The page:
How many batteries do you have?

How many batteries do you have?

I read a story about an eight-year-old Aspie boy in Tony Attwood’s “The Complete Guide To Asperger Syndrome”:

The door bell rang, heralding the arrival of another guest for Alicia’s birthday party. Her mother opened the door and looked down to see Jack, the last guest to arrive. It was her daughter’s ninth birthday and the invitation list had been for ten girls and one boy. Alicia’s mother had been surprised at this inclusion, thinking that girls her daughter’s age usually consider boys to be smelly and stupid, and not worthy of an invitation to a girl’s birthday party. But Alicia had said that Jack was different. His family had recently moved to Birmingham and Jack had been in her class for only a few weeks. Although he tried to join in with the other children, he hadn’t made any friends. The other boys teased him and wouldn’t let him join in any of their games. Last week he had sat next to Alicia while she was eating her lunch, and as she listened to him, she thought he was a kind and lonely boy who seemed bewildered by the noise and hectic activity of the playground. He looked cute, a younger Harry Potter, and he knew so much about so many things. Her heart went out to him and, despite the perplexed looks of her friends when she said he was invited to her party, she was determined he should come. And here he was, a solitary figure clutching a birthday card and present which he immediately gave to Alicia’s mother. She noticed he had written Alicia’s name on the envelope, but the writing was strangely illegible for an eight-year-old. ‘You must be Jack,’ she said and he simply replied with a blank face, ‘Yes’.

She smiled at him, and was about to suggest he went into the garden to join Alicia and her friends when he said, ‘Alicia’s birthday present is one of those special dolls that my mum says every girl wants, and she chose it, but what I really wanted to get her was some batteries. Do you like batteries? I do, I have a hundred and ninety-seven batteries. Batteries are really useful. What batteries do you have in your remote controllers?’ Without waiting for a reply, he continued, ‘I have a special battery from Russia. My dad’s an engineer and he was working on an oil pipeline in Russia and he came home with six triple-A batteries for me with Russian writing on them. They are my favourite. When I go to bed I like to look at my box of batteries and sort them in alphabetical order before I go to sleep. I always hold one of my Russian batteries as I fall asleep. My mum says I should hug my teddy bear but I prefer a battery. How many batteries do you have?’ She replied, ‘Well, I don’t know, but we must have quite a few…’, and felt unsure what to say next.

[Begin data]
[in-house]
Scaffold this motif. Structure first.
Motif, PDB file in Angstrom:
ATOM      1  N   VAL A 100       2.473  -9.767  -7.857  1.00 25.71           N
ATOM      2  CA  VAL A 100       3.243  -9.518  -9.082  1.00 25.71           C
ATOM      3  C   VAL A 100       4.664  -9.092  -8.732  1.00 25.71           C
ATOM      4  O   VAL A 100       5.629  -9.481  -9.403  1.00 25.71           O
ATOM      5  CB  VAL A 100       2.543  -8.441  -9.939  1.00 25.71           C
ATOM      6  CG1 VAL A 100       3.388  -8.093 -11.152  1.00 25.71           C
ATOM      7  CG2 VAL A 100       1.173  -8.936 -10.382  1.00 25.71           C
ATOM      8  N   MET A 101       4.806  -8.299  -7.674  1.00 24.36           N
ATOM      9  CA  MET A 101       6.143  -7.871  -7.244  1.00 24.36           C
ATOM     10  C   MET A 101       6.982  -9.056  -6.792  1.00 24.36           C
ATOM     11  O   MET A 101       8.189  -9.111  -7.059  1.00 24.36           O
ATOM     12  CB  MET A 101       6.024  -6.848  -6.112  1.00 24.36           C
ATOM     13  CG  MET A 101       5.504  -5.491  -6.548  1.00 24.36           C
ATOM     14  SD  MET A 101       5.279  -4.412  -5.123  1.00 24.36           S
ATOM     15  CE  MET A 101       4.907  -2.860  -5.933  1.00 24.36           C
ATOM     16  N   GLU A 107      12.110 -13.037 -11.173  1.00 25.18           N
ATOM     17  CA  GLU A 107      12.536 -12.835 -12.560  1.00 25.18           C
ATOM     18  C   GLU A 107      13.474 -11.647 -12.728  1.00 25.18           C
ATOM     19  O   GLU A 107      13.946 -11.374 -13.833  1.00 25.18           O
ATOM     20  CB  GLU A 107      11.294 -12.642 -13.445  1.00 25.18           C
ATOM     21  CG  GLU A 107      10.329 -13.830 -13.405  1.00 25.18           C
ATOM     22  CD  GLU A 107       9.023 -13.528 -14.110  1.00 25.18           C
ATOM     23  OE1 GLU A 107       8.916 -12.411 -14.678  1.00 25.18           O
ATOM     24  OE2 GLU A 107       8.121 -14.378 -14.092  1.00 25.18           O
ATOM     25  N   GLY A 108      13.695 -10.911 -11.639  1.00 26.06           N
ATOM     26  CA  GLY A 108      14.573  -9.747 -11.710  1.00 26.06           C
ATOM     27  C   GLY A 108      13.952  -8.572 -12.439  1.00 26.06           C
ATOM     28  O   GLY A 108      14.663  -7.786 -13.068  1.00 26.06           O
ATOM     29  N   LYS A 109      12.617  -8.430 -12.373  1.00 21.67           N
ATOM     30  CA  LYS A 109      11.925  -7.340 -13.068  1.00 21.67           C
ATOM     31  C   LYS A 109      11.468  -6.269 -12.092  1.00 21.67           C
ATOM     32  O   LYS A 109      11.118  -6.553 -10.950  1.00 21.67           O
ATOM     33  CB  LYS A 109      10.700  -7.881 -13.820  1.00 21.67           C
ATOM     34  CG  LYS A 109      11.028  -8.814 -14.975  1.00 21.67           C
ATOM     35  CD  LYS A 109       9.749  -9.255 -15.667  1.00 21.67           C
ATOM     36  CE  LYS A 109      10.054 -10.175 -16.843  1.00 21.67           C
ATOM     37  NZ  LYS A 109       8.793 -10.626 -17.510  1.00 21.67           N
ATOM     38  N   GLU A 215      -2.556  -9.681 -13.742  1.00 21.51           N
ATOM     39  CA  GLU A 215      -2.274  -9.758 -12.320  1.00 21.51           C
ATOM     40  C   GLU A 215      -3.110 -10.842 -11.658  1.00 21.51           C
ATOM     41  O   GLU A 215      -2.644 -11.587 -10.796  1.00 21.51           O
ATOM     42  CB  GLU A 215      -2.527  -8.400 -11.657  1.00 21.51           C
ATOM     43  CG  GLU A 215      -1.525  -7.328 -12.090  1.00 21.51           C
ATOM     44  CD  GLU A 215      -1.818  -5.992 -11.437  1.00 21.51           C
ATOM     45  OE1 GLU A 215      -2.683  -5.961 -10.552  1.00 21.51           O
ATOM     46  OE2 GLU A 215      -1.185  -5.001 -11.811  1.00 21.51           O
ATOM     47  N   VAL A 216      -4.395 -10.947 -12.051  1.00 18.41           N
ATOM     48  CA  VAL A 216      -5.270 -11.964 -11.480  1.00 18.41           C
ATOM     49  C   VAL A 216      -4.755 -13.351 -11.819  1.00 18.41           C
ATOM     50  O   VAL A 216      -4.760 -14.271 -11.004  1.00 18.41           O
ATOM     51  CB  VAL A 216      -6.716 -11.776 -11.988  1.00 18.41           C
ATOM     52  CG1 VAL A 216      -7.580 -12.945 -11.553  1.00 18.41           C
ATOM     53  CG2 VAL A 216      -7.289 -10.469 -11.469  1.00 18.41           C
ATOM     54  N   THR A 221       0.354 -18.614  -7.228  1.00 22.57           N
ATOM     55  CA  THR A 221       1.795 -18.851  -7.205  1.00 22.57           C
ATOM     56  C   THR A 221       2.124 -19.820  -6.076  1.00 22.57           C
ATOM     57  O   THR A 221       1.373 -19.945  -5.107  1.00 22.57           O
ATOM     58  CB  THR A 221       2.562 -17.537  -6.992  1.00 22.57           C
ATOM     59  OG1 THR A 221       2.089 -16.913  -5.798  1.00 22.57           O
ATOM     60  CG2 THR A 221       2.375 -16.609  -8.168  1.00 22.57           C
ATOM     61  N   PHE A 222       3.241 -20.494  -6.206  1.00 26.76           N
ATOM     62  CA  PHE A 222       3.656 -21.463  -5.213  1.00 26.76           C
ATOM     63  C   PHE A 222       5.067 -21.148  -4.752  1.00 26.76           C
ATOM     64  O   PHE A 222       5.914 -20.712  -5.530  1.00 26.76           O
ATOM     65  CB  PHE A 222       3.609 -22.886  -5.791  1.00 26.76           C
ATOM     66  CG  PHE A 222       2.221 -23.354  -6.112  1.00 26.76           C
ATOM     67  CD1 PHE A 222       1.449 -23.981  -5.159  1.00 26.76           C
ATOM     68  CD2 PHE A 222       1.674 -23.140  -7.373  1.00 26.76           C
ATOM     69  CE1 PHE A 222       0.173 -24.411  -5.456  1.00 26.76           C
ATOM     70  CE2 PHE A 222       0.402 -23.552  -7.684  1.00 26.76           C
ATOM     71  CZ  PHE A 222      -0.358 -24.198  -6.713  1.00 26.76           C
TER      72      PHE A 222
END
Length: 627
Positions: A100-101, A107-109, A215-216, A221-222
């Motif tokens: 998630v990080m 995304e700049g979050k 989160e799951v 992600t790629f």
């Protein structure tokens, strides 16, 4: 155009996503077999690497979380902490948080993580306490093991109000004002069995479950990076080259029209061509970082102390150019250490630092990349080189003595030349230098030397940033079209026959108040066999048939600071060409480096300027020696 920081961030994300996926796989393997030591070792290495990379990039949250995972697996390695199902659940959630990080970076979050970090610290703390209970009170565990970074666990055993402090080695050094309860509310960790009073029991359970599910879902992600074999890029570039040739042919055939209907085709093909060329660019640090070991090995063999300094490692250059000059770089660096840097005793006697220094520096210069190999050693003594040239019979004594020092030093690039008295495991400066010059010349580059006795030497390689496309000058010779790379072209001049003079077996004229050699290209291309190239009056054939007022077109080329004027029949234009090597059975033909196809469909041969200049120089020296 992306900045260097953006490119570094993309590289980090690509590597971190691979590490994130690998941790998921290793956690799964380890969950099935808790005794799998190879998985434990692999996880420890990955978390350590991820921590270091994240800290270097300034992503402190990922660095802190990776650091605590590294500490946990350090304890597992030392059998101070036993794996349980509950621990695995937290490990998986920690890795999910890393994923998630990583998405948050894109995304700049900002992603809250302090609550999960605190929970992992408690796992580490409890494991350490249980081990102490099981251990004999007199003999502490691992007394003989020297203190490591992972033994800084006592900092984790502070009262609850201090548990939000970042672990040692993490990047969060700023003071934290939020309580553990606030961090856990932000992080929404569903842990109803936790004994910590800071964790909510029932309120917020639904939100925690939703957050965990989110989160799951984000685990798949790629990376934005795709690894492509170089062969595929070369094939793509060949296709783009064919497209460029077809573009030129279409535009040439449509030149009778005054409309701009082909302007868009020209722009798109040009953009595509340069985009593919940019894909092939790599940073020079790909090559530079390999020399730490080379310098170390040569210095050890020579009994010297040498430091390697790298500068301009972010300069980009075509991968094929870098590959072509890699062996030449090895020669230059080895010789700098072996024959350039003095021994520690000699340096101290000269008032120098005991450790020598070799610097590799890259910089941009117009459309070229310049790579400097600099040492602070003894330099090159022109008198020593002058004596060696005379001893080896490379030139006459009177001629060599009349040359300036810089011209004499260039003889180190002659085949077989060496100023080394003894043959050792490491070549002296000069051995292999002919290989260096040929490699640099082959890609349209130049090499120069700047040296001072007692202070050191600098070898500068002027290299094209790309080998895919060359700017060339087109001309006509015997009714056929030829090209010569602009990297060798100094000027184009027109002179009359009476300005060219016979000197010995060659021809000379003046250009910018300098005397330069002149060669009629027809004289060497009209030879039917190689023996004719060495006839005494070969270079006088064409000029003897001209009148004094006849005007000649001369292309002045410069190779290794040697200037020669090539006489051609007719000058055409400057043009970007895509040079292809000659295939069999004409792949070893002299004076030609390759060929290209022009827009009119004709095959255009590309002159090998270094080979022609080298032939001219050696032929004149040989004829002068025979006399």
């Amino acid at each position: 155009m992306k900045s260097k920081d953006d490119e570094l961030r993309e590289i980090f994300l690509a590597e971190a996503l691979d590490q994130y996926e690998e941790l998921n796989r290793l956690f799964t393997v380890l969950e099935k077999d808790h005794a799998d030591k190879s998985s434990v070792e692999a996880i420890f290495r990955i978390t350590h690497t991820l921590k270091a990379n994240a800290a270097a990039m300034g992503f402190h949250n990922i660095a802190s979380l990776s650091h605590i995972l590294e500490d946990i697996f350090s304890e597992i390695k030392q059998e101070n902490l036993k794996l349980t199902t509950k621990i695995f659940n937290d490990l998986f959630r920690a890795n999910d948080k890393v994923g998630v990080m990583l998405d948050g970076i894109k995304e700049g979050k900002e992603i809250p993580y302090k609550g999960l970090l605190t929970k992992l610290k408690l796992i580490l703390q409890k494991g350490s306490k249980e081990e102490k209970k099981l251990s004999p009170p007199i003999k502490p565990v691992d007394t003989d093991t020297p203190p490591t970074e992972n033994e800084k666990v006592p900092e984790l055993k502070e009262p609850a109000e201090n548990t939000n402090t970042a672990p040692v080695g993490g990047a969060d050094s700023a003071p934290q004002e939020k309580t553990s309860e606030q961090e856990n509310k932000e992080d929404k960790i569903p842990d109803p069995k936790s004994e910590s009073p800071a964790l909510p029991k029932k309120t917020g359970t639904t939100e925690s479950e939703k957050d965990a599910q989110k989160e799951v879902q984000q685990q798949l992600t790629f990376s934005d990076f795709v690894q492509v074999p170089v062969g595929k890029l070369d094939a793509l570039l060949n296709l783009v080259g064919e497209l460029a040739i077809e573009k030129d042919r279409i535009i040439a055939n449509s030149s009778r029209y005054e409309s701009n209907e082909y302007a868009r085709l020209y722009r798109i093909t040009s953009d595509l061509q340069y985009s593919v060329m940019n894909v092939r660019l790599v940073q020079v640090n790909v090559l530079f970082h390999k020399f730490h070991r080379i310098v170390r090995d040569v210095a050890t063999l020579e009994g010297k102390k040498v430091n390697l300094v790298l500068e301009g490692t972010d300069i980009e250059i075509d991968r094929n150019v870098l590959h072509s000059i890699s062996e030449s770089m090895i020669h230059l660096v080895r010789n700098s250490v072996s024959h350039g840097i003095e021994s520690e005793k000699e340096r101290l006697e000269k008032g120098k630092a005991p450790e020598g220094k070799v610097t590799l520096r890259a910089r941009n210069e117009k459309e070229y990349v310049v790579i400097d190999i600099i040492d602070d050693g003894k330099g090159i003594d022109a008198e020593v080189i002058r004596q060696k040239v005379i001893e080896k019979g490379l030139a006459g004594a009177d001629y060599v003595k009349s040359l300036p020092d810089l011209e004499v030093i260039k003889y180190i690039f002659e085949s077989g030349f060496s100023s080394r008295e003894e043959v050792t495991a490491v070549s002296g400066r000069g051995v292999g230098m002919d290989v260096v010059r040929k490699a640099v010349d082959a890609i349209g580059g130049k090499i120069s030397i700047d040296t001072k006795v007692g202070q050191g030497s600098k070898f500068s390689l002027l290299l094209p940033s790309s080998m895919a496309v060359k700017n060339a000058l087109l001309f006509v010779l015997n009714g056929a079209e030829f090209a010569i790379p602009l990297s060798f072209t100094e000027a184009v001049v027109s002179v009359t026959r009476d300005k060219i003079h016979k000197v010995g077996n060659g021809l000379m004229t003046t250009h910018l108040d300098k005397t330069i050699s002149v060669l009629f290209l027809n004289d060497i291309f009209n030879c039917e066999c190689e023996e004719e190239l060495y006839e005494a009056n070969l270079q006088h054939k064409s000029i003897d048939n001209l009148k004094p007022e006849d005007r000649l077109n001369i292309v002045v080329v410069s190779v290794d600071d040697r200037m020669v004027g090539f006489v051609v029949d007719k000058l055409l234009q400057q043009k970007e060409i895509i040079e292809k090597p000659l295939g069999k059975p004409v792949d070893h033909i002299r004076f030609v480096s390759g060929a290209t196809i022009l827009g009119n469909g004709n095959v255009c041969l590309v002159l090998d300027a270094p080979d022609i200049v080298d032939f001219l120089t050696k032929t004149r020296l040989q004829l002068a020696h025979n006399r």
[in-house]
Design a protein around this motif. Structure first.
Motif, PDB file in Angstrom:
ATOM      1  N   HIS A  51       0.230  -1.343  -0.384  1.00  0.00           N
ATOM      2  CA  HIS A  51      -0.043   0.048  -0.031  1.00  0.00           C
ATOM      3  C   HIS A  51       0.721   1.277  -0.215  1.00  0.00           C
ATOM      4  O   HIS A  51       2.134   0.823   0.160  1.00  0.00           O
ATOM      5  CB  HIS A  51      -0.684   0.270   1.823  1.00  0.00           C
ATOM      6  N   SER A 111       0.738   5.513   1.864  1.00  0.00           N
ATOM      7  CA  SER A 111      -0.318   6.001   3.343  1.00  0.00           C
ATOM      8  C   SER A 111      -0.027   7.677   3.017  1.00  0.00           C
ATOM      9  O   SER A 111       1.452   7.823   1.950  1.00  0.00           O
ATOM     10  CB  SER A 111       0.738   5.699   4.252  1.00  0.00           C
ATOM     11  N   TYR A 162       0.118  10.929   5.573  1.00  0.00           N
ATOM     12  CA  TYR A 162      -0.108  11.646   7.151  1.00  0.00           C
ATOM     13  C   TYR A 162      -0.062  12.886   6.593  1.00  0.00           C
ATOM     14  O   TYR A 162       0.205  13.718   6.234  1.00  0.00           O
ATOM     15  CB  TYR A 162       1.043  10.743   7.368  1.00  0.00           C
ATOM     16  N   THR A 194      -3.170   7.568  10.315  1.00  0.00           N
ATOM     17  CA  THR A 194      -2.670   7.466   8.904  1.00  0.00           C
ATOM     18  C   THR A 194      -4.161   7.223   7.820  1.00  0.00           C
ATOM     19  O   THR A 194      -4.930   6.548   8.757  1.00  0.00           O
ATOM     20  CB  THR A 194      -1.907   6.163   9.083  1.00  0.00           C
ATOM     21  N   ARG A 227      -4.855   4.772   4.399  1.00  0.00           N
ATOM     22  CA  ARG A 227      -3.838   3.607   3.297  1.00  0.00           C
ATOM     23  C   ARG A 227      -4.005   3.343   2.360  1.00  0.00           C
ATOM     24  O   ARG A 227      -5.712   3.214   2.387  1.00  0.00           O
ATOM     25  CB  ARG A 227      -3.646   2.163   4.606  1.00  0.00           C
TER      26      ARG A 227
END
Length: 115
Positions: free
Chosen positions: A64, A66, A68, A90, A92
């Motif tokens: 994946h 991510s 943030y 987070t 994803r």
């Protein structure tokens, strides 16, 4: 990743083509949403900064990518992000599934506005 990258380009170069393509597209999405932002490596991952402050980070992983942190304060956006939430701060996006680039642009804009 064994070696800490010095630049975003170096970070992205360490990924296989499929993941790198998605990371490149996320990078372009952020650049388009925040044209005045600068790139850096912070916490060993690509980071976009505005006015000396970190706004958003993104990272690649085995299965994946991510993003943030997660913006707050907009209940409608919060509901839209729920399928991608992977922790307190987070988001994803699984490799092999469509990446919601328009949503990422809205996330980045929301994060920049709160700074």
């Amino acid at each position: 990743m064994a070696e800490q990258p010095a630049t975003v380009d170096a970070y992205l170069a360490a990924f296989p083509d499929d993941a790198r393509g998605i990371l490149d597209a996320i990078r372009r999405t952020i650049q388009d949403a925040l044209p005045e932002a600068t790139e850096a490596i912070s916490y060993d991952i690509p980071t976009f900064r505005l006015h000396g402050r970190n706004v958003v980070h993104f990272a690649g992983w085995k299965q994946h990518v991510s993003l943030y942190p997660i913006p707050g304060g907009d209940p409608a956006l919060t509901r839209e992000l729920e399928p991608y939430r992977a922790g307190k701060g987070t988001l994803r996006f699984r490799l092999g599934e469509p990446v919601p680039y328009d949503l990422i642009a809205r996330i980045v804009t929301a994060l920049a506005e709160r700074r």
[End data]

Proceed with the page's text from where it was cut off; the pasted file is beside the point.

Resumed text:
Her daughter was a very gentle, caring and maternal girl and she could understand why she had ‘adopted’ this strange little boy as one of her friends. Jack continued to provide a monologue on batteries, how they are made and what to do with them when the power is exhausted. Alicia’s mother felt exhausted too, listening to a lecture that lasted about ten minutes. Despite her subtle signals of needing to be somewhere else, and eventually saying, ‘I must go and get the party food ready,’ he continued to talk, following her into the kitchen. She noticed that when he talked, he rarely looked at her and his vocabulary was very unusual for an eight-year-old boy. It was more like listening to an adult than a child, and he spoke very eloquently, although he didn’t seem to want to listen.

Eventually she said, ‘Jack, you must go into the garden to say hi to Alicia and you must go now.’ Her facial expression clearly indicated there was no alternative. He gazed at her face for a few seconds, as if trying to read the expression, and then off he went. She looked out of the kitchen window and watched him run across the grass towards Alicia. As he ran through a group of four girls, she noticed one of them deliberately put out her foot to trip him up. As he fell awkwardly to the ground, the girls all laughed. But Alicia had seen what happened and went over to help him get to his feet.

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